A pancreas transplant can help manage complications in the kidney that may result from insulin-dependent diabetes. It can eliminate the need for insulin injections, reduce or eliminate dietary and activity restrictions due to diabetes and decrease or eliminate the risk of severe low blood sugar reactions.
The pancreas, located below your liver and under your stomach, is about seven inches long and weighs about 3.5 ounces. It has two main functions.
The first is to help digest food by making and releasing enzymes in the upper portion of the small intestine. Carbohydrates, fats and proteins are broken down into small parts that the body uses as nourishment. The pancreas also produces large amounts of sodium bicarbonate, which makes the contents of the stomach less caustic or acidic as they flow through the small intestine. Sodium bicarbonate helps keep fluids in the body and prevent dehydration.
The second function is to make insulin, a hormone necessary for the body to use carbohydrates properly. If you don't produce insulin, you have a disease called diabetes.
A pancreas transplant can help manage organ damage that may result from insulin-dependent diabetes. It could eliminate the need for insulin injections, reduce or eliminate dietary and activity restrictions due to diabetes, and decrease or eliminate the risk of severe low blood sugar.
Patients with type 1 diabetes may be evaluated for pancreas and kidney-pancreas transplants. Patients with type 2 diabetes are less likely to be candidates for a pancreas transplant because they may be insulin-resistant and unable to reap the benefits of a pancreas transplant.
Although type 1 diabetes can develop at any age, type 1 diabetes most commonly occurs in children and young adults, which is why it was previously called juvenile diabetes. It is considered an autoimmune disease, meaning that the body's own immune system mistakenly attacks and destroys the insulin-producing cells in the pancreas. Patients with type 1 diabetes have very little or no insulin and need to take insulin everyday.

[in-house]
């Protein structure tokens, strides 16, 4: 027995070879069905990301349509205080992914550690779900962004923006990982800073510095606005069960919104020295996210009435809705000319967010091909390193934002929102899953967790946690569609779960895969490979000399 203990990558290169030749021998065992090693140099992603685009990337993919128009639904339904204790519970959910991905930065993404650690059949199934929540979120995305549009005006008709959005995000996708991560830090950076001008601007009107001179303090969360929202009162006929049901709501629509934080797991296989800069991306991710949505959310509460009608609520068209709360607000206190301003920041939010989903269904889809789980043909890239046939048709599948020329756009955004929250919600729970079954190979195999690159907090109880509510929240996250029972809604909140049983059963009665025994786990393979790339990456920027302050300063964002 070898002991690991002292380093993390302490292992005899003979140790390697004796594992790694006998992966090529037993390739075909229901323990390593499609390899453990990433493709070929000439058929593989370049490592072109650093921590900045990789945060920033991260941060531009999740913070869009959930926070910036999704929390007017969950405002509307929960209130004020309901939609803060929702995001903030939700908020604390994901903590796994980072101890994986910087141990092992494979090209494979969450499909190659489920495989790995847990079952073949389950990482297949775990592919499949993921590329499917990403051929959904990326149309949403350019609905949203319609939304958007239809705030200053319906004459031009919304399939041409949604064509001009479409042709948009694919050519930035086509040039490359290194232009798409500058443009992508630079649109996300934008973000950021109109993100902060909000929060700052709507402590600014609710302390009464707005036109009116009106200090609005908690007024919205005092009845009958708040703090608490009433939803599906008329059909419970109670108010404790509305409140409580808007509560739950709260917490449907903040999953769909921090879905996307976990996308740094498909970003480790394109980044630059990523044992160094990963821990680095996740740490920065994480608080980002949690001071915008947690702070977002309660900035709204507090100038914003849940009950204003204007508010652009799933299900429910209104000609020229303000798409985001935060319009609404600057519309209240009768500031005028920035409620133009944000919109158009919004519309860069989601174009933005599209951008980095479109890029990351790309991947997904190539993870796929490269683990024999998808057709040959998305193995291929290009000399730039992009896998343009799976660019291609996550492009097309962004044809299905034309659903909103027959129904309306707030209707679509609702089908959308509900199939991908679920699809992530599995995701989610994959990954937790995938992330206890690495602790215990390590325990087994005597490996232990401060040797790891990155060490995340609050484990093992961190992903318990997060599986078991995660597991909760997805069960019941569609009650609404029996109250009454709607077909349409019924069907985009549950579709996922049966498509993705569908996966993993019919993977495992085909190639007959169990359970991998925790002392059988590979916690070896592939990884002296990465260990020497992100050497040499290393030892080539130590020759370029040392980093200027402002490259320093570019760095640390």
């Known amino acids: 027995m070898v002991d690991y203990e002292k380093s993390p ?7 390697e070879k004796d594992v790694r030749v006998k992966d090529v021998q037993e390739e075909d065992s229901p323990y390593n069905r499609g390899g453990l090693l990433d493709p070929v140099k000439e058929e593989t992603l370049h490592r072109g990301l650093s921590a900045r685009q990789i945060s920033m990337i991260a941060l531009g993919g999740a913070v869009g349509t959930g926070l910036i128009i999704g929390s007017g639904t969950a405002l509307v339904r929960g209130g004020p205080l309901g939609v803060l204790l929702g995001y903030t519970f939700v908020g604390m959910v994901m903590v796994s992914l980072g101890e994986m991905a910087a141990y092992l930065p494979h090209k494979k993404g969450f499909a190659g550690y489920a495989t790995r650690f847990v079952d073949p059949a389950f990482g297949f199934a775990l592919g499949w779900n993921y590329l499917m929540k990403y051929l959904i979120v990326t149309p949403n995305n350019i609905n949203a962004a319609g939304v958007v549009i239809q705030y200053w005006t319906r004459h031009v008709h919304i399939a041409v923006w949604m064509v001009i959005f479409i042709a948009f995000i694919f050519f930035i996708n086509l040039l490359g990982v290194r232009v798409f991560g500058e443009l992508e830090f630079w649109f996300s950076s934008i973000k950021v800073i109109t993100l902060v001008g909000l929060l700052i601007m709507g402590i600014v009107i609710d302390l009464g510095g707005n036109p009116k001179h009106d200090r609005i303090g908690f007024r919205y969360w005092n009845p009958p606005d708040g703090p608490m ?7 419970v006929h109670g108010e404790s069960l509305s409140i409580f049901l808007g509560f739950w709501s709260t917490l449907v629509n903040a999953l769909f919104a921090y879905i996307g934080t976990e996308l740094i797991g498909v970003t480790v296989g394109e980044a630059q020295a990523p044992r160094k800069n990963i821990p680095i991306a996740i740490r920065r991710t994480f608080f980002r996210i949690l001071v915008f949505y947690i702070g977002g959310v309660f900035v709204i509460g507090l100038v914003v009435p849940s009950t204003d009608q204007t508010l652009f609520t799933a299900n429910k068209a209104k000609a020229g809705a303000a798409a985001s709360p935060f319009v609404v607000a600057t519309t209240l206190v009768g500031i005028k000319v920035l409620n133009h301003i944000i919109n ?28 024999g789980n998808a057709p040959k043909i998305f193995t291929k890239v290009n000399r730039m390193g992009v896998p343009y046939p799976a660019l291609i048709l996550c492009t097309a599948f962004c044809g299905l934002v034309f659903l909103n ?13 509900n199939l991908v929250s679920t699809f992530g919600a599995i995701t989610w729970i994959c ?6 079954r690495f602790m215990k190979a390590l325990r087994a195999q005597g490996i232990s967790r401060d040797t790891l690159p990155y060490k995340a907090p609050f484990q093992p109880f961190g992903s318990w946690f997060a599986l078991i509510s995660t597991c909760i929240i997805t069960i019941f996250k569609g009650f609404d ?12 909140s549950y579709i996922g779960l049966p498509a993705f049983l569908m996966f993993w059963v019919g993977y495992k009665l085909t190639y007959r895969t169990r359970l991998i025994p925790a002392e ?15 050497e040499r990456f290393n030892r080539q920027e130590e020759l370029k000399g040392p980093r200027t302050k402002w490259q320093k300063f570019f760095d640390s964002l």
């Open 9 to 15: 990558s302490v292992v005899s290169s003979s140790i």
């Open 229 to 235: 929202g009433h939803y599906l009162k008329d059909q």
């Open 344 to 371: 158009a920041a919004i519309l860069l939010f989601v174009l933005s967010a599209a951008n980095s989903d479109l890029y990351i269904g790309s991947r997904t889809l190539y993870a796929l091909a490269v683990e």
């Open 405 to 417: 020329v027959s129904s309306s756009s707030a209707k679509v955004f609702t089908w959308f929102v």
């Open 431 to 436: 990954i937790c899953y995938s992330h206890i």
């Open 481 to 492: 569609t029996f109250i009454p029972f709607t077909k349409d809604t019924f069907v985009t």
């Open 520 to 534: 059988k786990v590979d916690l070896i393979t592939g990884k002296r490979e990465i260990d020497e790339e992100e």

Type 2 diabetes is the most common form of the condition. It usually is diagnosed in adults over the age of 40. About 80 percent of those patients are overweight. As children have become increasingly overweight, Type 2 diabetes is being diagnosed at younger ages.
The usual treatment for diabetes is to take insulin to replace what the pancreas is not producing. Careful monitoring of blood sugar levels to achieve the correct insulin dosage may prevent or slow many diabetic complications.
Another treatment to restore insulin production is a pancreas transplant. Transplants, however, aren't recommended if patients can manage the disease through diet, medication or other means because the procedure has all the risks and recovery issues of major surgery as well as the risk of organ rejection.
To prevent rejection, patients must take powerful anti-rejection medications for the rest of their lives. These medications have many side effects and makes patients more susceptible to other illnesses.
Because there's a shortage of donor pancreases, patients must wait for an available organ. These wait periods vary depending on blood type. In general, pancreas and kidney-pancreas wait times are shorter than the wait times for a kidney alone.
Reviewed by health care specialists at UCSF Medical Center.
400 Parnassus Ave., Seventh Floor
San Francisco, CA 94143
Phone: (415) 353-1551
Pre-Pancreas Transplant Fax: (415) 353-8708,
Post-Pancreas Transplant Fax: (415) 353-4183